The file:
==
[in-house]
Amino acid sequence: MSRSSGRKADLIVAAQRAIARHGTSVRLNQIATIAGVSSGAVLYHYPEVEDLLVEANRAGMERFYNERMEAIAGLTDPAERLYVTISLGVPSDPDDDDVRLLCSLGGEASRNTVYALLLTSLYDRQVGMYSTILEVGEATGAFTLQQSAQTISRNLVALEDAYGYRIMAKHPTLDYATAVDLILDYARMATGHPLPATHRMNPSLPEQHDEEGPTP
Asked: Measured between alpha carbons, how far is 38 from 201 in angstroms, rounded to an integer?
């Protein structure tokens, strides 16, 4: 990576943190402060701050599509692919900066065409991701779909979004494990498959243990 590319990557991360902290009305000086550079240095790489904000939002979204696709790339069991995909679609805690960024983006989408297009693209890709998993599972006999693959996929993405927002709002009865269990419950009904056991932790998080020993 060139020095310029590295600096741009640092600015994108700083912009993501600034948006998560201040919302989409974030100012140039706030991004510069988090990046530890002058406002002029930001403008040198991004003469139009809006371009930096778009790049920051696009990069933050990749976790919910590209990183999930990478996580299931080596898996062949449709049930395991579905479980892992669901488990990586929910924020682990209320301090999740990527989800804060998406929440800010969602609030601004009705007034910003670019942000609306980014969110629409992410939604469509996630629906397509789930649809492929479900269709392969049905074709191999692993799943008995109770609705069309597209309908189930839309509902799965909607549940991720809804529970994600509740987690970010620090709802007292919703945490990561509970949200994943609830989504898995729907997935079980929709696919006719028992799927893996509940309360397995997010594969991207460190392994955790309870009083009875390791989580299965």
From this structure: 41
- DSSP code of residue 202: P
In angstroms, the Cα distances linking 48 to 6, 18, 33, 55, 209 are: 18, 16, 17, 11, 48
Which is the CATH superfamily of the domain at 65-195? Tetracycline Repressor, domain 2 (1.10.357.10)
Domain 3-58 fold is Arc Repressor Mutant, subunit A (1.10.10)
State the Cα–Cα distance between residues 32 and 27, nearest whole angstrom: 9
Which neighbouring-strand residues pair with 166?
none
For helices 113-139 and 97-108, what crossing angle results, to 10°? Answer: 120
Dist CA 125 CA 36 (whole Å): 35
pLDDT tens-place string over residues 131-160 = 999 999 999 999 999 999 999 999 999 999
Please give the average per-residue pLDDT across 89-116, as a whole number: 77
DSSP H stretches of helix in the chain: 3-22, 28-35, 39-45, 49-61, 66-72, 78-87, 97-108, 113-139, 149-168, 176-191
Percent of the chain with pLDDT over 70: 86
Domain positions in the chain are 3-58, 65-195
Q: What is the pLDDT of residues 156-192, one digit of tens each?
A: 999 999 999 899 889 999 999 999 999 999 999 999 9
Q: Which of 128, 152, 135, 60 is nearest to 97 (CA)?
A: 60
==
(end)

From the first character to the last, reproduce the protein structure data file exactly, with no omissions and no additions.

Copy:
[in-house]
Amino acid sequence: MSRSSGRKADLIVAAQRAIARHGTSVRLNQIATIAGVSSGAVLYHYPEVEDLLVEANRAGMERFYNERMEAIAGLTDPAERLYVTISLGVPSDPDDDDVRLLCSLGGEASRNTVYALLLTSLYDRQVGMYSTILEVGEATGAFTLQQSAQTISRNLVALEDAYGYRIMAKHPTLDYATAVDLILDYARMATGHPLPATHRMNPSLPEQHDEEGPTP
Asked: Measured between alpha carbons, how far is 38 from 201 in angstroms, rounded to an integer?
């Protein structure tokens, strides 16, 4: 990576943190402060701050599509692919900066065409991701779909979004494990498959243990 590319990557991360902290009305000086550079240095790489904000939002979204696709790339069991995909679609805690960024983006989408297009693209890709998993599972006999693959996929993405927002709002009865269990419950009904056991932790998080020993 060139020095310029590295600096741009640092600015994108700083912009993501600034948006998560201040919302989409974030100012140039706030991004510069988090990046530890002058406002002029930001403008040198991004003469139009809006371009930096778009790049920051696009990069933050990749976790919910590209990183999930990478996580299931080596898996062949449709049930395991579905479980892992669901488990990586929910924020682990209320301090999740990527989800804060998406929440800010969602609030601004009705007034910003670019942000609306980014969110629409992410939604469509996630629906397509789930649809492929479900269709392969049905074709191999692993799943008995109770609705069309597209309908189930839309509902799965909607549940991720809804529970994600509740987690970010620090709802007292919703945490990561509970949200994943609830989504898995729907997935079980929709696919006719028992799927893996509940309360397995997010594969991207460190392994955790309870009083009875390791989580299965």
From this structure: 41
- DSSP code of residue 202: P
In angstroms, the Cα distances linking 48 to 6, 18, 33, 55, 209 are: 18, 16, 17, 11, 48
Which is the CATH superfamily of the domain at 65-195? Tetracycline Repressor, domain 2 (1.10.357.10)
Domain 3-58 fold is Arc Repressor Mutant, subunit A (1.10.10)
State the Cα–Cα distance between residues 32 and 27, nearest whole angstrom: 9
Which neighbouring-strand residues pair with 166?
none
For helices 113-139 and 97-108, what crossing angle results, to 10°? Answer: 120
Dist CA 125 CA 36 (whole Å): 35
pLDDT tens-place string over residues 131-160 = 999 999 999 999 999 999 999 999 999 999
Please give the average per-residue pLDDT across 89-116, as a whole number: 77
DSSP H stretches of helix in the chain: 3-22, 28-35, 39-45, 49-61, 66-72, 78-87, 97-108, 113-139, 149-168, 176-191
Percent of the chain with pLDDT over 70: 86
Domain positions in the chain are 3-58, 65-195
Q: What is the pLDDT of residues 156-192, one digit of tens each?
A: 999 999 999 899 889 999 999 999 999 999 999 999 9
Q: Which of 128, 152, 135, 60 is nearest to 97 (CA)?
A: 60